The Alhambra ( literally "the red one"), the complete form of which was Calat Alhambra is a palace and fortress complex constructed during the mid 14th century by the Moorish rulers of the Emirate of Granada in Al-Andalus, occupying the top of the hill of the Assabica on the southeastern border of the city of Granada, now in the autonomous community of Andalusia, Spain.
The Alhambra''s Moorish palaces were built for the last Muslim Emirs (Kings) in Spain and its court, of the Nasrid dynasty. After the Reconquista by the Los Reyes Cat?licos ("The Catholic Monarchs") in 1492 some portions were used by the Christian rulers. The Palace of Charles V, built by Charles V, Holy Roman Emperor in 1527, was inserted in the Alhambra within the Nasrid fortifications. After being allowed to fall into disrepair for centuries, the Alhambra was "discovered" in the 19th century by European scholars and travelers, with restorations commencing. It is now one of Spain''s major tourist attractions, exhibiting the country''s most significant and well known Islamic architecture, together with 16th-century and later Christian building and garden interventions. The Alhambra is a UNESCO World Heritage Site.
Completed towards the end of Muslim rule of Spain by Yusuf I (1333?1353) and Muhammed V, Sultan of Granada (1353?1391), the Alhambra is a reflection of the culture of the last centuries of the Moorish rule of Al Andalus, reduced to the Nasrid Emirate of Granada. It is a place where artists and intellectuals had taken refuge as the Reconquista by Spanish Christians won victories over Al Andalus. The Alhambra integrates natural site qualities with constructed structures and gardens, and is a testament to Moorish culture in Spain and the skills of Muslim, Jewish, and Christian artisans, craftsmen, and builders of their era. The first reference to the Qal?at al Hambra was during the battles between the Arabs and the Muladies during the rule of the ?Abdullah ibn Muhammad (r. 888-912). In one particularly fierce and bloody skirmish, the Muladies soundly defeated the Arabs, who were then forced to take shelter in a primitive red castle located in the province of Elvira, presently located in Granada. According to surviving documents from the era, the red castle was quite small, and its walls were not capable of deterring an army intent on conquering. The castle was then largely ignored until the eleventh century, when its ruins were renovated and rebuilt by Samuel ibn Naghrela, vizier to the King Badis of the Zirid Dynasty of Al Andalus, in an attempt to preserve the small Jewish settlement also located on the Sabikah hill. However, evidence from Arab texts indicates that the fortress was easily penetrated and that the actual Alhambra that survives today was built during the Nasrid Dynasty. Emblem of the Catholic Monarchs engraved after the conquest.Ibn Nasr, the founder of the Nasrid Dynasty, was forced to flee to Ja?n in order to avoid persecution by King Ferdinand III of Castile and the Reconquista supporters working to end Spain''s Moorish rule. After retreating to Granada, Ibn-Nasr took up residence at the Palace of Badis in the Alhambra. A few months later, he embarked on the construction of a new Alhambra fit for the residence of a king. According to an Arab manuscript since published as the An?nimo de Granada y Copenhague.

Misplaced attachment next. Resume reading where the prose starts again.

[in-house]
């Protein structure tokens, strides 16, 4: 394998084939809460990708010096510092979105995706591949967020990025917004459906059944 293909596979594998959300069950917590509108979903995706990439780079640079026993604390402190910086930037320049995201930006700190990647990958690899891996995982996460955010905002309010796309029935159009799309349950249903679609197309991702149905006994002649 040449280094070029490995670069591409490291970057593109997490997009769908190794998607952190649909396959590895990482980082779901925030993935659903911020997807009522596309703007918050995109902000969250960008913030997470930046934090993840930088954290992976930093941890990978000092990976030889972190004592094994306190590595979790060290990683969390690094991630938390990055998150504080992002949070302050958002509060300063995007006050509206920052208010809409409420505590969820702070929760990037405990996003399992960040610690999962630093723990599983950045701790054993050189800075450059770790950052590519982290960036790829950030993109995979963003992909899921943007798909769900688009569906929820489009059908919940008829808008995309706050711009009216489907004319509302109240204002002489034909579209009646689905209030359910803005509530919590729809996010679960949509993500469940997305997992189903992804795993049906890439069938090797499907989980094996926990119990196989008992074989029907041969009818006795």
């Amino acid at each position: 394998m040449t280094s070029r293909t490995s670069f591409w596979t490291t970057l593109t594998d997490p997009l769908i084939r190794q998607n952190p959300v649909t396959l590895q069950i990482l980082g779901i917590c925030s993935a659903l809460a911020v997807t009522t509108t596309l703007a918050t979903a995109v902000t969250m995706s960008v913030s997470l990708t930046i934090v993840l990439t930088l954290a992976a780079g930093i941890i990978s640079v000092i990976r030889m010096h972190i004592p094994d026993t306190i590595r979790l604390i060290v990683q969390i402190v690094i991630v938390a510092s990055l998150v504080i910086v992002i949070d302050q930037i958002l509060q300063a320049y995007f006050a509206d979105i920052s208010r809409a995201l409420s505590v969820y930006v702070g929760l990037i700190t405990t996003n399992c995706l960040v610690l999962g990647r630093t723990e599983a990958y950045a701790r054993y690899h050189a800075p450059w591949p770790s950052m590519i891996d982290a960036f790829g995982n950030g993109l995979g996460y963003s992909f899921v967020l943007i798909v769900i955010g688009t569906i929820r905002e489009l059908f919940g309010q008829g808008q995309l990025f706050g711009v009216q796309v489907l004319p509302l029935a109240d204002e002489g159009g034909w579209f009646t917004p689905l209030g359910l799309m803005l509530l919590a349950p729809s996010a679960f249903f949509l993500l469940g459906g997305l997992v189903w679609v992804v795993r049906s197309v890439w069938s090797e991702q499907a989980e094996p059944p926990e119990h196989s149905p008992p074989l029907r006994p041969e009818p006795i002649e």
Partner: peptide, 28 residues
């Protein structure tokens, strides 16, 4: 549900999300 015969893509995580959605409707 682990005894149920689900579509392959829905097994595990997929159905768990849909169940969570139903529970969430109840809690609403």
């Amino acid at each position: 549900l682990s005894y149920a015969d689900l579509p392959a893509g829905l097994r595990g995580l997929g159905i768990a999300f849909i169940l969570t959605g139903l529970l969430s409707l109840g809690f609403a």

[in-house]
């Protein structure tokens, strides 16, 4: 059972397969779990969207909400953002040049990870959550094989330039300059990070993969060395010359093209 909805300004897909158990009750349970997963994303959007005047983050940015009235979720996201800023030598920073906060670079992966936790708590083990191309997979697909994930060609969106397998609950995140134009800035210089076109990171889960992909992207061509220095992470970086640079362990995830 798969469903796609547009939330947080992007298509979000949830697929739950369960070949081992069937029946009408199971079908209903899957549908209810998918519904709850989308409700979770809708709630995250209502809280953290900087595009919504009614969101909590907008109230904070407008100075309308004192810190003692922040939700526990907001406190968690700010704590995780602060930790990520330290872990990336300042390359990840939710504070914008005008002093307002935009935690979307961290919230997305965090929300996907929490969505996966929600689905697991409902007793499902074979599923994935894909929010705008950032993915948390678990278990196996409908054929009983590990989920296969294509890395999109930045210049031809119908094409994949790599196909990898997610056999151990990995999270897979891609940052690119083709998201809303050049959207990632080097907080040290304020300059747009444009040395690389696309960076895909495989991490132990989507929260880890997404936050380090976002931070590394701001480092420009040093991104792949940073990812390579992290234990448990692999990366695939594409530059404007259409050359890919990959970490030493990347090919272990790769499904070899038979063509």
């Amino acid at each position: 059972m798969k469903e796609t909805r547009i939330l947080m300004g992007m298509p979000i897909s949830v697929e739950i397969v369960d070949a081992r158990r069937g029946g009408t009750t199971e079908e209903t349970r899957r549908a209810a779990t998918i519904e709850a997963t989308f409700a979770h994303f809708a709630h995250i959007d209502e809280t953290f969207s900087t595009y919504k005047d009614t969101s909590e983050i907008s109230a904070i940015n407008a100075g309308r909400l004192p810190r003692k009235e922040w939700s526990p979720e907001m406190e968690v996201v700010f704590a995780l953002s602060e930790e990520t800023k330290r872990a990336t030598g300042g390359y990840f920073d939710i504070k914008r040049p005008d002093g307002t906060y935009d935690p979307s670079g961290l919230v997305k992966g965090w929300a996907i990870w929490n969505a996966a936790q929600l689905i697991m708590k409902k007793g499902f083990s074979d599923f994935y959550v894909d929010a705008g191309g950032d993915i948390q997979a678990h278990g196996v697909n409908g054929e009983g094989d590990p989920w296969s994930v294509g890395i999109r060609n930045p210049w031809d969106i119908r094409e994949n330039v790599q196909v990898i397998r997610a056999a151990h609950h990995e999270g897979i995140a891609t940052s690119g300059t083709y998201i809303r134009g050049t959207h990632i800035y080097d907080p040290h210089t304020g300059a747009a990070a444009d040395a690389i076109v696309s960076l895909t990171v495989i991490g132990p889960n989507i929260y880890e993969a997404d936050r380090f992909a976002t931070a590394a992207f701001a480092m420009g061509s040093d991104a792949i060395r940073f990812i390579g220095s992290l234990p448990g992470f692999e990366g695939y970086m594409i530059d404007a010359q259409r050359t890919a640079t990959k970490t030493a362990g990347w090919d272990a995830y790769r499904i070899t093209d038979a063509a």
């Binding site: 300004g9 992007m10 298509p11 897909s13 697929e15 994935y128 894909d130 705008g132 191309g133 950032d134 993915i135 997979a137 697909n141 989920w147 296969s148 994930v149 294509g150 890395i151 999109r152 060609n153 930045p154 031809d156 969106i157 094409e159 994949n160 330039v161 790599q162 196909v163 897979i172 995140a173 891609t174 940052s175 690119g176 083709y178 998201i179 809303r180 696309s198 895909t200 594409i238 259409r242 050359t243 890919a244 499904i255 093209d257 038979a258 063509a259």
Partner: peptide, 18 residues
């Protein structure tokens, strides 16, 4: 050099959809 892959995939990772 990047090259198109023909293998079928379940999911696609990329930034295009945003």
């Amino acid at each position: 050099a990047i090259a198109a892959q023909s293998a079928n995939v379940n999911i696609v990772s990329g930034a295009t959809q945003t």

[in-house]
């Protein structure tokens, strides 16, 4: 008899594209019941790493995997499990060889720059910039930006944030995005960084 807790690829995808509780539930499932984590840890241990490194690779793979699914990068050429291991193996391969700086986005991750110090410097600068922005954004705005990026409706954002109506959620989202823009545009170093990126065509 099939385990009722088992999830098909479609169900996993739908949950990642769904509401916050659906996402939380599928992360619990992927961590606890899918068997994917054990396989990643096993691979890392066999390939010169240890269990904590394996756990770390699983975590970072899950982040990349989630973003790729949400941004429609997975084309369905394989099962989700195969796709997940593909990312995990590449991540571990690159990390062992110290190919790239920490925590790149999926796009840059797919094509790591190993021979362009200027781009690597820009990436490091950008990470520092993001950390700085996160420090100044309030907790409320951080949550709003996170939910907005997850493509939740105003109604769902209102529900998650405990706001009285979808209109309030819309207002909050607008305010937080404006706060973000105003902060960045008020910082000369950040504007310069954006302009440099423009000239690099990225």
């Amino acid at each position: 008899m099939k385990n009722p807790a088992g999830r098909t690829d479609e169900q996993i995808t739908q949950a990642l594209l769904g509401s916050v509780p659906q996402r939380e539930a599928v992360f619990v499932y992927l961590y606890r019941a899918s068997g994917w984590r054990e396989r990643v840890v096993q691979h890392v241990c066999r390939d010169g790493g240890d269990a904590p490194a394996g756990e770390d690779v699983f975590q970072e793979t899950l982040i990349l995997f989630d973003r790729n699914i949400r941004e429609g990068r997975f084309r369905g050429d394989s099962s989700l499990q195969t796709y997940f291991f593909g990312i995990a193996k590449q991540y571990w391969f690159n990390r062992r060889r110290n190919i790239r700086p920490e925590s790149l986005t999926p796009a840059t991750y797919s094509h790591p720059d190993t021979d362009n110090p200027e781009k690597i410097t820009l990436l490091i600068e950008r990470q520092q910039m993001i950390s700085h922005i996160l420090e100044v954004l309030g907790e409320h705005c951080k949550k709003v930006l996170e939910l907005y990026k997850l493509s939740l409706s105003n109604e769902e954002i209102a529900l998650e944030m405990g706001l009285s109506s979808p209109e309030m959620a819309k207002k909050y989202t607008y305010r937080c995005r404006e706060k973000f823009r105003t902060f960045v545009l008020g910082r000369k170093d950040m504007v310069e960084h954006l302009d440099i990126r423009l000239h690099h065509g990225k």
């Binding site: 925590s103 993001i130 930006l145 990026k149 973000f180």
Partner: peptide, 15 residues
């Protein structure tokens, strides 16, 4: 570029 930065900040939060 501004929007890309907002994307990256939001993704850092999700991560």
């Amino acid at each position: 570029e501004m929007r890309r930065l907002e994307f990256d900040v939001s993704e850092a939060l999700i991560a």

This year, 1238 Abdallah ibn al-Ahmar climbed to the place called "the Alhambra" inspected it, laid out the foundations of a castle and left someone in charge of its construction?The design included plans for six palaces, five of which were grouped in the northeast quadrant forming a royal quarter, two circuit towers, and numerous bathhouses. During the reign of the Nasrid Dynasty, the Alhambra was transformed into a palatine city complete with an irrigation system composed of acequias for the gardens of the Generalife located outside the fortress. Previously, the old Alhambra structure had been dependent upon rainwater collected from a cistern and from what could be brought up from the Albaic?n. The creation of the Sultan''s Canal solidified the identity of the Alhambra as a palace-city rather than a defensive and ascetic structure.
The Muslim ruler Muhammad XII of Granada surrendered the Emirate of Granada in 1492 without the Alhambra itself being attacked when the forces of Los Reyes Cat?licos, King Ferdinand II of Aragon and Queen Isabella I of Castile, took the surrounding territory with an overwhelming force of numbers.
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